Purpose: The purpose of this FRAME is to give students an outline in writing persuasive essays. By providing sentence stems with the FRAME model, we are also providing differentiation and support to EL students, as well as our native speakers who need additional support.
Although I teach in the middle school grades, Suzanne and I help our daughter with homeschooling our grandchildren. This product was inspired not long ago when I came home to find that Suzanne had provided our 2nd grade granddaughter a copy of our 7th grade FRAME for an essay she was writing about the planet Neptune! She was struggling a little (after all, it is 5 grades above her normal work), but she was still being successful! So, we made adjustments.
I teach in one of the top Strategic Instructional Method (SIM) districts in Texas. This graphic organizer/writing FRAME aligns with:
Newly adopted TEKS: Strands 3, 6 and 7, 110.4, 110.5, 110.6, 110.7 Inclusive for all levels.
4.7B, C, D, E, F, G
: ELA.Literacy.W.4.1, 4.2
This FRAME was constructed for my granddaughter but is based on the FRAME provided to my 8th grade Pre-AP, ESL, and Gen Ed students. It is based on the Strategic Instructional Method (SIM) FRAME Routine. The original use was to help guide students in writing a persuasive essay about junk forensic science in death penalty cases after listening to and studying the podcast “Monster”, but has been subsequently used for a number of assignments. The FRAME is used for the first rough draft only, and students do all subsequent drafts on lined paper or using google docs. I do collect and grade the FRAME as a daily grade, with all drafts attached or referenced.
The first step in the FRAME is to have students write out the prompt you are having them write too. When you give them the prompt, have them write it both verbatim and paraphrased; this will help you recognize students who may be misunderstanding the prompt. It is also essential to have the students identify the purpose of the writing – to persuade their audience to a certain action or belief. This is how you focus the students’ writing and any research.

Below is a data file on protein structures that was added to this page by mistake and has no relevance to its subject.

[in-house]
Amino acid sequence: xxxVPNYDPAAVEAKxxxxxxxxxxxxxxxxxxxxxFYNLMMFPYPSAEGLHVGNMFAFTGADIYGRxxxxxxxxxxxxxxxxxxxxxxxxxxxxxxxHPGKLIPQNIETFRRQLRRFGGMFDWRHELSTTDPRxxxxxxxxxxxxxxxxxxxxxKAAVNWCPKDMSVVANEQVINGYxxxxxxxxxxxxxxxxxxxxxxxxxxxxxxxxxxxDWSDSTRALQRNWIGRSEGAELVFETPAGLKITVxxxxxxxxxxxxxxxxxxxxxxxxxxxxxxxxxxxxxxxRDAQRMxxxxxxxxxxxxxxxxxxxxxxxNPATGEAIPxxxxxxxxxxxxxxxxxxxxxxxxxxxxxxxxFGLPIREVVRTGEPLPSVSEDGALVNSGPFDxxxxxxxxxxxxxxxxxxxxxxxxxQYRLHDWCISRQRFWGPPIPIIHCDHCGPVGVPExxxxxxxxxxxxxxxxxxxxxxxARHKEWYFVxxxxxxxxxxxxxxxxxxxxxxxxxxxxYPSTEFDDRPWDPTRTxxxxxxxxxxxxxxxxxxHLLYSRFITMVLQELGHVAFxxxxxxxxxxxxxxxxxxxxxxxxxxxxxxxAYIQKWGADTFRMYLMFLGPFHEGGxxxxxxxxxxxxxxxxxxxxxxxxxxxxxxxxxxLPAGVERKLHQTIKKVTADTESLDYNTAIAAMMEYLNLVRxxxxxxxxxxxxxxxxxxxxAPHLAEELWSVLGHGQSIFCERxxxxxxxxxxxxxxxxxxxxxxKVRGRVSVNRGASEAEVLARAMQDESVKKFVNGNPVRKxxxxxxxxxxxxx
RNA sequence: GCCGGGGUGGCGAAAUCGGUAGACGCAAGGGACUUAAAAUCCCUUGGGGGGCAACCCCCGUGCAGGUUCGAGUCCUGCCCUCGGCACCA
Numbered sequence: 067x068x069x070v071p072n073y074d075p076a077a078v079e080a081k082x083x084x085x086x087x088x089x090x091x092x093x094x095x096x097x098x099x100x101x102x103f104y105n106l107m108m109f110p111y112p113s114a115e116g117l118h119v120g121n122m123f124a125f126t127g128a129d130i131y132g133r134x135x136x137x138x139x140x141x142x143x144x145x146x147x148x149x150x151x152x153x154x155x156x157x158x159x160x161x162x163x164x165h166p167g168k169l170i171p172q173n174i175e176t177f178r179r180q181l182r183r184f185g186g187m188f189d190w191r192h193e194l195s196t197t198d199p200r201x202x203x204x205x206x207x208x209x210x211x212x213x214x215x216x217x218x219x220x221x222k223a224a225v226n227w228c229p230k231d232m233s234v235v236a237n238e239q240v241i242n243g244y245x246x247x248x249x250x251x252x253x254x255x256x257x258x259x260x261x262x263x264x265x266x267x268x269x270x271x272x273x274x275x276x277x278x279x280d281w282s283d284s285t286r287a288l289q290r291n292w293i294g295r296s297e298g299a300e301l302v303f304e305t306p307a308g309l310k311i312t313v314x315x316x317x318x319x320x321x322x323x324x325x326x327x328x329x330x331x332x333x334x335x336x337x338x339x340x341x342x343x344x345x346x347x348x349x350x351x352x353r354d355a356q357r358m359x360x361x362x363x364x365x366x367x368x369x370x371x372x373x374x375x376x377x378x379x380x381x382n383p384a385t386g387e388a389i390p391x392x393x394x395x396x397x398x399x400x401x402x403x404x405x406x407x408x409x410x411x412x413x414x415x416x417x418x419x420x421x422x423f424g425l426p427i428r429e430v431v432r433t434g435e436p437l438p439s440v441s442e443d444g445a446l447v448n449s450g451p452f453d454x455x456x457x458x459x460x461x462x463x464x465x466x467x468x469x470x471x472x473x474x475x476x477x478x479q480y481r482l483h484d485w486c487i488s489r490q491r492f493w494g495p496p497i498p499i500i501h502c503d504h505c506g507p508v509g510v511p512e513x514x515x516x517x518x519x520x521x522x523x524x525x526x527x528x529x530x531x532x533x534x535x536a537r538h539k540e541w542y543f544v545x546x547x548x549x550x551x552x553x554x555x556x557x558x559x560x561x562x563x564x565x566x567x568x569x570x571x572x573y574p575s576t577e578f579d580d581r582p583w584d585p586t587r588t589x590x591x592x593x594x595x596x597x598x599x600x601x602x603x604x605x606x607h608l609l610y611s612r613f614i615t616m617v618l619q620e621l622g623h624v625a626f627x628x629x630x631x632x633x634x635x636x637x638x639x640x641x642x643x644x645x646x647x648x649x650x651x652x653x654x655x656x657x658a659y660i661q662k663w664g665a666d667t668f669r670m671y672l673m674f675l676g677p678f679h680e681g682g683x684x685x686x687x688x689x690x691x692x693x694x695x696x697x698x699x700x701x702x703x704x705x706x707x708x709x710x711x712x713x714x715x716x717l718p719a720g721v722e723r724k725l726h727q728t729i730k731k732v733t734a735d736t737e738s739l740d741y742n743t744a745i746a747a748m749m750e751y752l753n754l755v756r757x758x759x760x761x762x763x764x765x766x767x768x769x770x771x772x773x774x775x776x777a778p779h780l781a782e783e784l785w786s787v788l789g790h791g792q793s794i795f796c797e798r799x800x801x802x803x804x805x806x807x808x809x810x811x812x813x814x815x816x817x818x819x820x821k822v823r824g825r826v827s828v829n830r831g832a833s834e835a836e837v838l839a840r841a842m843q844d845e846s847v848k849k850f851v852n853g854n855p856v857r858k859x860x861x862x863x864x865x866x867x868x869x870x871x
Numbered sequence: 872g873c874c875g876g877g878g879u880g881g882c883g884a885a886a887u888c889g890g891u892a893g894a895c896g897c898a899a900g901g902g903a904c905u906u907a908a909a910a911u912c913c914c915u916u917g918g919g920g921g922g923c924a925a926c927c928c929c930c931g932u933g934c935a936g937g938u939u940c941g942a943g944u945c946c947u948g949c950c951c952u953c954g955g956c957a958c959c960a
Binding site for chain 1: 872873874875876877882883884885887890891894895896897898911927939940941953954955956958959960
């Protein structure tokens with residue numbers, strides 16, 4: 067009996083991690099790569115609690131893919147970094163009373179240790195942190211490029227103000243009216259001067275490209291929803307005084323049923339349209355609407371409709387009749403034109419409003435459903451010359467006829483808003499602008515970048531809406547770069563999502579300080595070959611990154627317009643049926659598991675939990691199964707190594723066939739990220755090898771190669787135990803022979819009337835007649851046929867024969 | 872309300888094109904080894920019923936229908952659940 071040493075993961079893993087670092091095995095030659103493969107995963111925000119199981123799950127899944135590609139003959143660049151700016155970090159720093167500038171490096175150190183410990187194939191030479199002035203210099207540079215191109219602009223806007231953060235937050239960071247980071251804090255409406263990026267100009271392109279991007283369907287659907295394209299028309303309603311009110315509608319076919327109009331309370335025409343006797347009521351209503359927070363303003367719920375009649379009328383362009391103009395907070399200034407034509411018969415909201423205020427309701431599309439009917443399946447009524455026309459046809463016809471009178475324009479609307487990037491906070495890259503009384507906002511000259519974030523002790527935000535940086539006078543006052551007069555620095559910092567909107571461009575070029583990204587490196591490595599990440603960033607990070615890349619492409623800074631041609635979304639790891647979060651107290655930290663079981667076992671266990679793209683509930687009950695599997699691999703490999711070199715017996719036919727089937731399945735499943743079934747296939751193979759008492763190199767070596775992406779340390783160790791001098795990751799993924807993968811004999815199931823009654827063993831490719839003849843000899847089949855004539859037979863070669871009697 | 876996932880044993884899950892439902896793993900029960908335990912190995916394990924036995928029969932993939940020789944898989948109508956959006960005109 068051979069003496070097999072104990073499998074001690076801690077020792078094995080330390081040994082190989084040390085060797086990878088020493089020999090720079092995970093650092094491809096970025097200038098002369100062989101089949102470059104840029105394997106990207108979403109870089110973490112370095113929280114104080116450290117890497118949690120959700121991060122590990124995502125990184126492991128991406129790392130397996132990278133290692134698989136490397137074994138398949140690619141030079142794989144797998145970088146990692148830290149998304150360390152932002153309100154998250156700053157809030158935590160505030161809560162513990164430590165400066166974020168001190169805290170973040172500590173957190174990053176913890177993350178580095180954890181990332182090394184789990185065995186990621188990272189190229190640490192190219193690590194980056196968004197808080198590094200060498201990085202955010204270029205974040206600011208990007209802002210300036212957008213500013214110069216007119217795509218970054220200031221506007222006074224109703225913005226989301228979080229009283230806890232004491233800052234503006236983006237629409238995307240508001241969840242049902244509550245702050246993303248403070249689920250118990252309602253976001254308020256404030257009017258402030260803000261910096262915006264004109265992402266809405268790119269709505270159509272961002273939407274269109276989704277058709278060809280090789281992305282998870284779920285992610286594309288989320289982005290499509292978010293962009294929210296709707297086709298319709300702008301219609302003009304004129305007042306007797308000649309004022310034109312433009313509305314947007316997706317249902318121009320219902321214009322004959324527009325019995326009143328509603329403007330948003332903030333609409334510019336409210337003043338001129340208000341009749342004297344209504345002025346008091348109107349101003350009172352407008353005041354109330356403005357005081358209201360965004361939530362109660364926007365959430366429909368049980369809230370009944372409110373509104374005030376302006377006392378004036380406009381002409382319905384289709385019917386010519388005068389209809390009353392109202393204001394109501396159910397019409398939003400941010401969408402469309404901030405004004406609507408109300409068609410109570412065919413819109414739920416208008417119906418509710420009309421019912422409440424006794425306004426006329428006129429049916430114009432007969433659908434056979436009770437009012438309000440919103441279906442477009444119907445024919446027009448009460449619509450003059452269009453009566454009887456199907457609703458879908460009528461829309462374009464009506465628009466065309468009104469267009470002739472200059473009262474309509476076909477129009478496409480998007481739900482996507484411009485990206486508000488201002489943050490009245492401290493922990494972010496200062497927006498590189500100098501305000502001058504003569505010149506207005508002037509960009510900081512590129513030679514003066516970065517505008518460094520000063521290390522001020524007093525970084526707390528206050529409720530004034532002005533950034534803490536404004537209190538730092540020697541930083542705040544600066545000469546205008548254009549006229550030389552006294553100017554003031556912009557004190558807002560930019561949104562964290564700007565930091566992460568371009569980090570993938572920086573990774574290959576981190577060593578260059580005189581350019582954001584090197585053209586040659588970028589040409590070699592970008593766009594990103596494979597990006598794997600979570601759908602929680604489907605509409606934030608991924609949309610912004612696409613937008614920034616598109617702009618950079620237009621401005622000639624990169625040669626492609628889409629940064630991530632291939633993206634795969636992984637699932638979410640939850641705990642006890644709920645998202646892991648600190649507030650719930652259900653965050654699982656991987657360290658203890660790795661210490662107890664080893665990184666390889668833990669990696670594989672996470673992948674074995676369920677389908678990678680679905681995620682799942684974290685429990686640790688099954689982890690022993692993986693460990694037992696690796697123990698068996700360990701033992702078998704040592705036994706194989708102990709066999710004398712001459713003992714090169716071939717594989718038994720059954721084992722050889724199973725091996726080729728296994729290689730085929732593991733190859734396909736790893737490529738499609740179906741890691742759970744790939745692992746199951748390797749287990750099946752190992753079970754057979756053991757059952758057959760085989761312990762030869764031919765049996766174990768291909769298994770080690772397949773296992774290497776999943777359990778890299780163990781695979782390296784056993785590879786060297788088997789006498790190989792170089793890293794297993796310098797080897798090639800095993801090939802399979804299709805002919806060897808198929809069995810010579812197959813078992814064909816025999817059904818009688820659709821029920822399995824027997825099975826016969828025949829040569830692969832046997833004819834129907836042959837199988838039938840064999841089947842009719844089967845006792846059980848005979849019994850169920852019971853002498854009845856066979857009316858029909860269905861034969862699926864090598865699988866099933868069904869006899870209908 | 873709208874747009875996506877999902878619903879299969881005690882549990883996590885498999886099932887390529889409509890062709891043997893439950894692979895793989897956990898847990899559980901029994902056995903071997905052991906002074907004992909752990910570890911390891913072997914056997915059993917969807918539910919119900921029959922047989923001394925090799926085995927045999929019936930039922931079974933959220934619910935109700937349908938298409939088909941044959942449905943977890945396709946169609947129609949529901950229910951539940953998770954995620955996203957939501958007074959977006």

After your scholars have decided on their topic and selected the three (or however many you assigned) arguments to write about, have them move to the “R” portion of the FRAME. This is where they begin their actual first draft. You will notice that unlike my other FRAME routines, the “master” of this one does not include the sentence stems in a permanent format. This is because of the fluid nature of a persuasive texts, as well as to allow individuality in the writing.
After completing an introductory paragraph, students assemble the body of the essay by advocating for their position in the “A” section of the FRAME. This is a perfect opportunity to also teach the skills of citing one’s research and preventing plagiarism! In this area, I do not care if they are using APA, MLA, or the USPS (just kidding), as long as they are citing their research. You will notice from the student sample that I encourage students to mention additional areas of research related to their topic. I
find this leads to some excellent ideas for future lessons!
In this FRAME, I refer to the “M” as a “merge” for my scholars to bring all of their information together again, and to conclude the essay. Remind students that they are restating a topic, and not a thesis.
As with my other FRAMEs, the “E” is an extension and reflection. Because this FRAME focuses on research for the body information, I have added a Works Cited section.
I have attached a list of sentence starters/stems, annotated B, M and E, for your students to use in beginning new paragraphs.
Yes, Suzanne and I realize that the “expected” work product from a 2nd grade (or 4th!) student is generally expected to be minimal; however, who wants to be minimal?
On a separate note, I would greatly value your feedback! Please let me know how this (and other products you may have gotten from me) worked for you and your scholars/students! Is there any way you feel it could be improved? Email me at firstname.lastname@example.org, or through the feedback at Teachers Pay Teachers ©!
ELA in Middle School